Tutu Atwell keeps the screenshots on his phone.
Most are critical social media comments. Memes. And other material posted after the Rams selected the receiver in the second round of the 2020 NFL draft. Atwell added to the collection during his first two seasons, when he struggled to find a role in coach Sean McVay’s offense.
Atwell has no plans to delete them, not after his first 100-yard game in the season-opening victory over the Seattle Seahawks. Not after Atwell and rookie Puka Nacua became the youngest pair of Rams receivers to eclipse 100 yards receiving in the same game since 1958.
“I just want them to keep doing it,” Atwell said of doubters and critics this week, “because they aren’t doing nothing but make me go harder.”
With star receiver Cooper Kupp on injured reserve because of a hamstring injury, Atwell, Nacua and Van Jefferson aim to continue filling the void Sunday against the San Francisco 49ers at SoFi Stadium.
Quarterback Matthew Stafford, a 15th-year pro who passed for 334 yards against the Seahawks, praised his receivers.
“You give those guys coaching points either in training camp or during the week, whatever it is,” Stafford said, “and those guys soak it up and really go out there and try to perfect their craft and go out there and play and have fun.”
Kyle Shanahan, the 49ers coach, told Bay Area reporters this week that the 5-foot-9, 165-pound Atwell is “as fast as anyone” and is “one of those premier play-action top-level guys,” that all teams running that type of offense desire, including the 49ers.
The 6-2, 205-pound Nacua, Shanahan said, is a tough, physical player, and his performance in his NFL debut showed the game was not too big for him.
“And when you can put those guys in the right spots,” Shanahan said, “and you’ve got a quarterback like they do, it can be pretty lethal.”
For Atwell, 23, it’s been a journey since the Rams used the 57th pick in 2020 to select him after three seasons at Louisville. As a rookie, Atwell returned punts before he suffered a season-ending shoulder injury. He did not catch a pass.
In the latter part of last season, with Kupp sidelined because of an ankle injury, McVay began showing trust in Atwell. He caught 17 passes in the final eight games, including a 62-yard touchdown against New Orleans, and gained confidence from every opportunity.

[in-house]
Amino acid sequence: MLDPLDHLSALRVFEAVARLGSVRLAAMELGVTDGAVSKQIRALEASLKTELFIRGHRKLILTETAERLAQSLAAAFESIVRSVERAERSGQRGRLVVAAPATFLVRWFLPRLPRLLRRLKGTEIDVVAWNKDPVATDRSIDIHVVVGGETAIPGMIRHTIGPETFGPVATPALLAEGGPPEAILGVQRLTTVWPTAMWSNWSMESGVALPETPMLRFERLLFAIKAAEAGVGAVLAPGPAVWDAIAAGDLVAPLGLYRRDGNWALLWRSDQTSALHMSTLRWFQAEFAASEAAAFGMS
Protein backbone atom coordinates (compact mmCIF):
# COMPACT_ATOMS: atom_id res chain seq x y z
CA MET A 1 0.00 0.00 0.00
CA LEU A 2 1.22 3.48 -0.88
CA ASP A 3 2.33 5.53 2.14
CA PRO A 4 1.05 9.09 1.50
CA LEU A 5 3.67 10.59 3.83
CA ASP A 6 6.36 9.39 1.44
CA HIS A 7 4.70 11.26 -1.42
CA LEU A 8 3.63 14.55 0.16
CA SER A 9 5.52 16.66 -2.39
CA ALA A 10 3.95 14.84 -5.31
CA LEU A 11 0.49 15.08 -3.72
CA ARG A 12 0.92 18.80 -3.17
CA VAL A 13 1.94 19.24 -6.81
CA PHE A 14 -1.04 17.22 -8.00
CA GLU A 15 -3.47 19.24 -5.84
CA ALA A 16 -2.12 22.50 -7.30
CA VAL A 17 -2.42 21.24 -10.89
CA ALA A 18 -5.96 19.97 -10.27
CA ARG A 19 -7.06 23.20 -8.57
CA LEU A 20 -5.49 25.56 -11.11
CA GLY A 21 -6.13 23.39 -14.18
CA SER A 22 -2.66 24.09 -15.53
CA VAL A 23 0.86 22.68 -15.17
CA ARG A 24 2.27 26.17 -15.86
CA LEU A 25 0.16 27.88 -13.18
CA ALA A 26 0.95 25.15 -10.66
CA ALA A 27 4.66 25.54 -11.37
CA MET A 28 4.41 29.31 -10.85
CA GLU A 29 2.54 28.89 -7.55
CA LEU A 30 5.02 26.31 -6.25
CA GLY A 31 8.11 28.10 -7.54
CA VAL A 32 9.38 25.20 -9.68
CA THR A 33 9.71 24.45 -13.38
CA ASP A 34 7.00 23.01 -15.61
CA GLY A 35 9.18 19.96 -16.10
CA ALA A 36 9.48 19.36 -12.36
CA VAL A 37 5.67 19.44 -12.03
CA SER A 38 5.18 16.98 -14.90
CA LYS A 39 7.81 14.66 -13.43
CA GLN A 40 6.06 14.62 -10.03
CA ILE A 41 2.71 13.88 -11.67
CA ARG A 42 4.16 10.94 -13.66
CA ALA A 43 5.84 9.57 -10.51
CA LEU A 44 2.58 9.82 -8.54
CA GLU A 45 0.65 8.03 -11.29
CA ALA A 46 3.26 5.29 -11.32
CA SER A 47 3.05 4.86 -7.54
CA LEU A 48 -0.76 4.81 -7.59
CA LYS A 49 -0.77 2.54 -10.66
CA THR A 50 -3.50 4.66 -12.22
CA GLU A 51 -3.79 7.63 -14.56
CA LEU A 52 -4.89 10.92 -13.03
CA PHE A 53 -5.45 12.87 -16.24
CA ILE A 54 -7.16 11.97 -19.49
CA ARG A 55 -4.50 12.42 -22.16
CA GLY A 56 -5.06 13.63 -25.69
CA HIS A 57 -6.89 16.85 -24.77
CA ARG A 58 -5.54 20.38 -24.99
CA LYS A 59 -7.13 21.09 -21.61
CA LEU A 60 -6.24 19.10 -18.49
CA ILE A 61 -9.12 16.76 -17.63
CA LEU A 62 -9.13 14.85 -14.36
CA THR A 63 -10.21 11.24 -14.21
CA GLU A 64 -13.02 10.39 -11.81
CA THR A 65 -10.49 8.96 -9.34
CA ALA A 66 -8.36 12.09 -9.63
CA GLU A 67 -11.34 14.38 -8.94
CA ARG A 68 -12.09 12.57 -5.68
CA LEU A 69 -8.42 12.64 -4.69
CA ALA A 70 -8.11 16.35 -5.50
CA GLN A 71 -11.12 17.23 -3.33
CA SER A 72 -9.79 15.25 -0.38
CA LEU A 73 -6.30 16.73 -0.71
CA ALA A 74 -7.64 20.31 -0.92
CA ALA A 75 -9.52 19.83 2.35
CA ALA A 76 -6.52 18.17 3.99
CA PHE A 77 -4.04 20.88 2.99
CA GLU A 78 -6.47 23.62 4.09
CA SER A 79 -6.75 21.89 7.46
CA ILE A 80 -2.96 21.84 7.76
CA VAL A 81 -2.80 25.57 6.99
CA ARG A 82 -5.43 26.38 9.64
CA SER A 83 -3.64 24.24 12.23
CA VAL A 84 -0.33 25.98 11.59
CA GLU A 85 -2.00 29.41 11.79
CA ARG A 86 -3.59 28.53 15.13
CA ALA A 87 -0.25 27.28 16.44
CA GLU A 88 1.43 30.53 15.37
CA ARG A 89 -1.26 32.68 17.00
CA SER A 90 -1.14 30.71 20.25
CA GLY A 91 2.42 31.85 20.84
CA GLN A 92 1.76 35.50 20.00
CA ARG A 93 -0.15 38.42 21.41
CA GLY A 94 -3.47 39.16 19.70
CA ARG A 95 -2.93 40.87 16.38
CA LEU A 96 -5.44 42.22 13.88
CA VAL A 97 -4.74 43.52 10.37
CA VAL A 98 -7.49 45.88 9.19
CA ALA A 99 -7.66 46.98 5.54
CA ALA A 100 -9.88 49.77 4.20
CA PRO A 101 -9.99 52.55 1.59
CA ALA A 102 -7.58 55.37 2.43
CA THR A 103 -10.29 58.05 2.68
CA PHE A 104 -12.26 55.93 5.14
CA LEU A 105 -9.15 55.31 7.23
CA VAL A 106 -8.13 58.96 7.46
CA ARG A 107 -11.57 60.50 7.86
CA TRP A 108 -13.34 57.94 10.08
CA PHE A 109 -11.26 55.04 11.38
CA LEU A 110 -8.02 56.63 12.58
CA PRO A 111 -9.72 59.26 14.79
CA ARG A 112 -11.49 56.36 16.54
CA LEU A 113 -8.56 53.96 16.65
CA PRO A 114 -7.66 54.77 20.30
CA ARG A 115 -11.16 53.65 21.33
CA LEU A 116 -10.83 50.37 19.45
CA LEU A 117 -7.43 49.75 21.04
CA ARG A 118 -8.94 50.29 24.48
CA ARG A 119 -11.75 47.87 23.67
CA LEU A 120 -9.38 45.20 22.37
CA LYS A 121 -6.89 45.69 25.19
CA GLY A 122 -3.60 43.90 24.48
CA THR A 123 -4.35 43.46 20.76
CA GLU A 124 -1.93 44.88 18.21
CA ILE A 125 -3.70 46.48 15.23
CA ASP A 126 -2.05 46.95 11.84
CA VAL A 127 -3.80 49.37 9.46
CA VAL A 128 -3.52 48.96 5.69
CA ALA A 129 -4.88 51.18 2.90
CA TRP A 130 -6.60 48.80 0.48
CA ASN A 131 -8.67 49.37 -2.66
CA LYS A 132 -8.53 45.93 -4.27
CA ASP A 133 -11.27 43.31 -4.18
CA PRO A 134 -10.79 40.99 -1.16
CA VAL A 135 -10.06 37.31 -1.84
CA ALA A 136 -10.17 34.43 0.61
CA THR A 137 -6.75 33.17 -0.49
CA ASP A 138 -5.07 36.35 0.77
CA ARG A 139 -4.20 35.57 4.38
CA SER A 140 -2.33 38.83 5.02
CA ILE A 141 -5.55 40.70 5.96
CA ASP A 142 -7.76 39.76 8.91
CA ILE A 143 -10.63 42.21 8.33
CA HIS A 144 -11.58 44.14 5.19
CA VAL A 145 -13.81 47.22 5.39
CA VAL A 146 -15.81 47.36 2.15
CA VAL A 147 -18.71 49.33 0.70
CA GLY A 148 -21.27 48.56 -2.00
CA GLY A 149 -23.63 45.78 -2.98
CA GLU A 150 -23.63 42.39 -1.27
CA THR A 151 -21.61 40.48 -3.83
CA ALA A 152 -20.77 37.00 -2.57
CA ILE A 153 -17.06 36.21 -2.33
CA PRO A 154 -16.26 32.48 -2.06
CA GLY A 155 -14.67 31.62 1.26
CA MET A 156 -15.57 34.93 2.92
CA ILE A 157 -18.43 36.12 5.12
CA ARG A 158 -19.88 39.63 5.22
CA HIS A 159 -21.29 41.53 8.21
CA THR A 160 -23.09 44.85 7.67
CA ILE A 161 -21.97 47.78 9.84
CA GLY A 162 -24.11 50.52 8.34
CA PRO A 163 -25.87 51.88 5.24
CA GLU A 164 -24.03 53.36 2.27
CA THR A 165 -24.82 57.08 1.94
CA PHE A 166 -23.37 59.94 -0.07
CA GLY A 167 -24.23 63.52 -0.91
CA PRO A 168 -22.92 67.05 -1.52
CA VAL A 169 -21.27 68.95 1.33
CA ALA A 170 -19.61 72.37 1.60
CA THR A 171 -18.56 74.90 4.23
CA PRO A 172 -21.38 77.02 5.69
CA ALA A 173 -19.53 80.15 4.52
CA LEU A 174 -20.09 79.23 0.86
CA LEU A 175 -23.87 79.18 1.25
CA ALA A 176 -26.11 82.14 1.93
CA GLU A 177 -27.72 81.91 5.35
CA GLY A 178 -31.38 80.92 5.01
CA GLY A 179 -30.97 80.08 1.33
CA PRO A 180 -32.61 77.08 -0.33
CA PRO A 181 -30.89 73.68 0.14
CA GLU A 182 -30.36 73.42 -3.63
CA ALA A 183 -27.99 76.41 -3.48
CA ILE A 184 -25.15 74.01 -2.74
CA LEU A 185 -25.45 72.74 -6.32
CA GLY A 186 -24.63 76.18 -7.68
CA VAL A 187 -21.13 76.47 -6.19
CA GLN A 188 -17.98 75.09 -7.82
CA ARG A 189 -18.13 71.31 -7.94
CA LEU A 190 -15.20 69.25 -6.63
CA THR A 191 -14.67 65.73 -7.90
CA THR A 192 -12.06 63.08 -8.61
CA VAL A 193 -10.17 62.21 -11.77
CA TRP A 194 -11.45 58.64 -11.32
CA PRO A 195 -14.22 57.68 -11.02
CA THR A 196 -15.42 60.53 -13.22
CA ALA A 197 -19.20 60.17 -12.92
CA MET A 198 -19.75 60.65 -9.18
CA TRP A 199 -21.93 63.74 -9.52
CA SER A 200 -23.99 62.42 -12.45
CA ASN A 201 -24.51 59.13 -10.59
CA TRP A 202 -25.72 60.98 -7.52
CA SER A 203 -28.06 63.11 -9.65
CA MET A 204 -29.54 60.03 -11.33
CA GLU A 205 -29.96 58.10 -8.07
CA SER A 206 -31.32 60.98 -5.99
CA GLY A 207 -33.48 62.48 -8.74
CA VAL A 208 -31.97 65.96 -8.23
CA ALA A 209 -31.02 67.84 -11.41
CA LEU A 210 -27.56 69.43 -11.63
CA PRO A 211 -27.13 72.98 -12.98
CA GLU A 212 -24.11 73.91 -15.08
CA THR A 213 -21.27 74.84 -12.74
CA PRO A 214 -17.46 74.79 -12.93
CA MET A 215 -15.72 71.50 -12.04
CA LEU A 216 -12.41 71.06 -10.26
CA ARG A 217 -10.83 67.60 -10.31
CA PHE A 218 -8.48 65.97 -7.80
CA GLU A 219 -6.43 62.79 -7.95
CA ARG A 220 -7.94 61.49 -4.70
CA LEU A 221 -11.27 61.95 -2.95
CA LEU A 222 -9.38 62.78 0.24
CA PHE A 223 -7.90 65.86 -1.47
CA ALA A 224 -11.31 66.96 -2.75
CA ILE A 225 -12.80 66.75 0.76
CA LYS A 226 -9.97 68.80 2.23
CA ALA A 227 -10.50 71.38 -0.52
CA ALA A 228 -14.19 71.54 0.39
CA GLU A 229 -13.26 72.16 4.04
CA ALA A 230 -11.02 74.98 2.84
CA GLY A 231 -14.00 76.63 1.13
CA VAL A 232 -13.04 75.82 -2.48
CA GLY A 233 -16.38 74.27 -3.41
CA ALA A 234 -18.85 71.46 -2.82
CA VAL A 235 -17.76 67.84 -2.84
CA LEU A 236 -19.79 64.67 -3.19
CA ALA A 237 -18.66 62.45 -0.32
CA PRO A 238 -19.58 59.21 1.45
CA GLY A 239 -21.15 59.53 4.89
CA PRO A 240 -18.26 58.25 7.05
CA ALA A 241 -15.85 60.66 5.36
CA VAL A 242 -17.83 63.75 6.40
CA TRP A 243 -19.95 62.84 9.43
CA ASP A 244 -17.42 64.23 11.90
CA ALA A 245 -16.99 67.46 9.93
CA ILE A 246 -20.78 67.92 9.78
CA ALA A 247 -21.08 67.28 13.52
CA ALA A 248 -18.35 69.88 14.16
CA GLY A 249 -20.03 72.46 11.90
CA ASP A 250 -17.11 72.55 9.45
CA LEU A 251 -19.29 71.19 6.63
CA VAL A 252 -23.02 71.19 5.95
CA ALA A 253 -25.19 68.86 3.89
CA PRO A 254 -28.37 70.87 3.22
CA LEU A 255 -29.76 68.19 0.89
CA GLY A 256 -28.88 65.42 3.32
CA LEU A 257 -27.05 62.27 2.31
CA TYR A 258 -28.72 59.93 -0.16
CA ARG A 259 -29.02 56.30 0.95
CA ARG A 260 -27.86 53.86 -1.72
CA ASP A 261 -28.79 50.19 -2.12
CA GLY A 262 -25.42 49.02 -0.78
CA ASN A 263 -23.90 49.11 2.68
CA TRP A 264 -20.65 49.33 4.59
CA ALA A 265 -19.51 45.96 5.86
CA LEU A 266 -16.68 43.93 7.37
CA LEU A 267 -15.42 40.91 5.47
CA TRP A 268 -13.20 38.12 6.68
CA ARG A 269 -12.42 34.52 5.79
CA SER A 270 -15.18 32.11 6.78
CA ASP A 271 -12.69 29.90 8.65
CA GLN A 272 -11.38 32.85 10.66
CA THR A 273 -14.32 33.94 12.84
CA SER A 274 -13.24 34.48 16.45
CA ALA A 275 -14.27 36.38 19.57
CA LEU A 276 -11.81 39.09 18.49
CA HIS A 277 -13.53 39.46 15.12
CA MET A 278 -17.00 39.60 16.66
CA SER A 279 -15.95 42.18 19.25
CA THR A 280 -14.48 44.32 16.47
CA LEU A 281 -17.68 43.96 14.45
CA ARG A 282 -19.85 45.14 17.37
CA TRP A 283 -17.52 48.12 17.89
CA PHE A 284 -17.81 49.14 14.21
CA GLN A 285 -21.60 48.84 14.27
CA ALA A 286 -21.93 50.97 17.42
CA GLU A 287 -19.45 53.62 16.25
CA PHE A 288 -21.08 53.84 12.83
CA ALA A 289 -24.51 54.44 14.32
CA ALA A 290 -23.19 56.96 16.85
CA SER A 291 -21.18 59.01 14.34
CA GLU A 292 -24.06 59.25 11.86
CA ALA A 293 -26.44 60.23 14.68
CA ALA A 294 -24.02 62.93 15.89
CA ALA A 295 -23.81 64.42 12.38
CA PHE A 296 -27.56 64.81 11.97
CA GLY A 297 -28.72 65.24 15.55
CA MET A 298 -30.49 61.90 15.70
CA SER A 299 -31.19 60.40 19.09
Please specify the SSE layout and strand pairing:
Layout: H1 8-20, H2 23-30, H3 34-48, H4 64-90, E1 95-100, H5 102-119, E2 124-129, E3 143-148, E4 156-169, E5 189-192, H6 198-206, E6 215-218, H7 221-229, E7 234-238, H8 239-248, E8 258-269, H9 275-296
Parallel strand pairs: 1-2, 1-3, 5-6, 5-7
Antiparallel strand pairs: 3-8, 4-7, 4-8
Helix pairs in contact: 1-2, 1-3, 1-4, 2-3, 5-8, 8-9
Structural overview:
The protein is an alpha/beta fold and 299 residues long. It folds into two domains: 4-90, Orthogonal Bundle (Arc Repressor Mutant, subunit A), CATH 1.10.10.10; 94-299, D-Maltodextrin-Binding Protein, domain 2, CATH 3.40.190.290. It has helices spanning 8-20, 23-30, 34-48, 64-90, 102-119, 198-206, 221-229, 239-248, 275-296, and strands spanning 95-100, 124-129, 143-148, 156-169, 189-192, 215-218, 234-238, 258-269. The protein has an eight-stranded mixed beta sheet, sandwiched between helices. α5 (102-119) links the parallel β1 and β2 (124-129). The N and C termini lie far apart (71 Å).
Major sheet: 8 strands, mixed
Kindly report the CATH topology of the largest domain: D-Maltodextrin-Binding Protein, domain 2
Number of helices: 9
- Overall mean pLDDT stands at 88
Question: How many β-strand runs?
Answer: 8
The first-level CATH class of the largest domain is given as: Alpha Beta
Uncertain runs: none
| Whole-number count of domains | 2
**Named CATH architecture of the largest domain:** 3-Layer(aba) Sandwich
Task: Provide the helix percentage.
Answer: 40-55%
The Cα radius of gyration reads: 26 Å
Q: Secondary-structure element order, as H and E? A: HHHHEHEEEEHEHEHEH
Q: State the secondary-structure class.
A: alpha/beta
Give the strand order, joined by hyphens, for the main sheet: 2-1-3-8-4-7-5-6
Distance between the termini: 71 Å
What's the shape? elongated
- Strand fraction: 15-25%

“I like to say ‘Youth is a disease, and its only cure is experience,’ ” receivers coach Eric Yarber said. “When Cooper went down last year, Tutu stepped up and was asked to do a lot of things, and that helped his maturity.”
During offseason workouts and training camp, Yarber gave Atwell the opportunity to play all three receiver spots. Stafford appeared noticeably more apt to celebrate Atwell’s play on the field and during news conferences.
Last Sunday, Atwell showed he was worthy of the praise, catching six passes for a career-best 119 yards, including one for 44 yards.
“I would feel confident putting Tutu in any of the three receiver spots and him knowing what to do on the majority, if not every single play, which is an awesome thing for a younger guy and a guy that in his first years wasn’t asked to do that,” Stafford said. “His ability to do that I think is going to be really good for him personally and for us as a team.”
Atwell said his background playing quarterback in high school in Florida enabled him to grasp the concepts for multiple positions.
“Having the quarterback mentality, having a quarterback mind helps a lot as a receiver,” he said. “Learning every position makes it way more easier.”
McVay expects Atwell’s role to continue to grow.
“I’ve seen how conscientious he is, how coachable he is,” McVay said, “You see the rapport that he and Matthew have together.”
Nacua, a fifth-round pick from Brigham Young, impressed coaches and teammates from the moment he arrived for offseason workouts. And it wasn’t limited to Nacua’s ability to catch passes.
“A lot of rookies won’t stop a play and say, ‘Hey, what do I have here?’ ” Yarber said. “He’s secure enough to say, ‘Hey, I want to get it right. What do I have here?’ And he won’t go out and get it wrong.”
Nacua, 22, was targeted 15 times against the Seahawks. He caught 10 passes for 119 yards, the most by a Rams player in his first game. But Nacua’s big performance started with a pass from Stafford that he was unable to haul in.
“He’s coming to me, and it’s going to be my very first NFL catch, and in the moment all those things are kind of coming together,” Nacua said. “I’m like, ‘Man, I’ve got to come down with the first one. And then it drops and it’s like ‘Ohhh.’
“One of the first things I did after was tell Matthew, ‘That was mine. We’ll be better. I’m not going to drop the next one.’ He helped kind of boost that train of thought with how encouraging he is.”
Jefferson, who caught four passes for 24 yards, also benefited from Stafford’s encouragement. Early in the second half, a wide-open Jefferson dropped a near-certain touchdown pass.
“I don’t want those plays to happen, but you know what? There’s going to be a time probably this season where he’s running free and I’m going to miss him,” Stafford said, “and that’s part of football.
“It’s an imperfect game. It’s played in the gray. I got a ton of trust in Van Jefferson, his ability to go out there and make plays. He’s done it for a long time for me and for this offense. So excited to see how he shows up and shows out on Sunday.”
This story originally appeared in Los Angeles Times.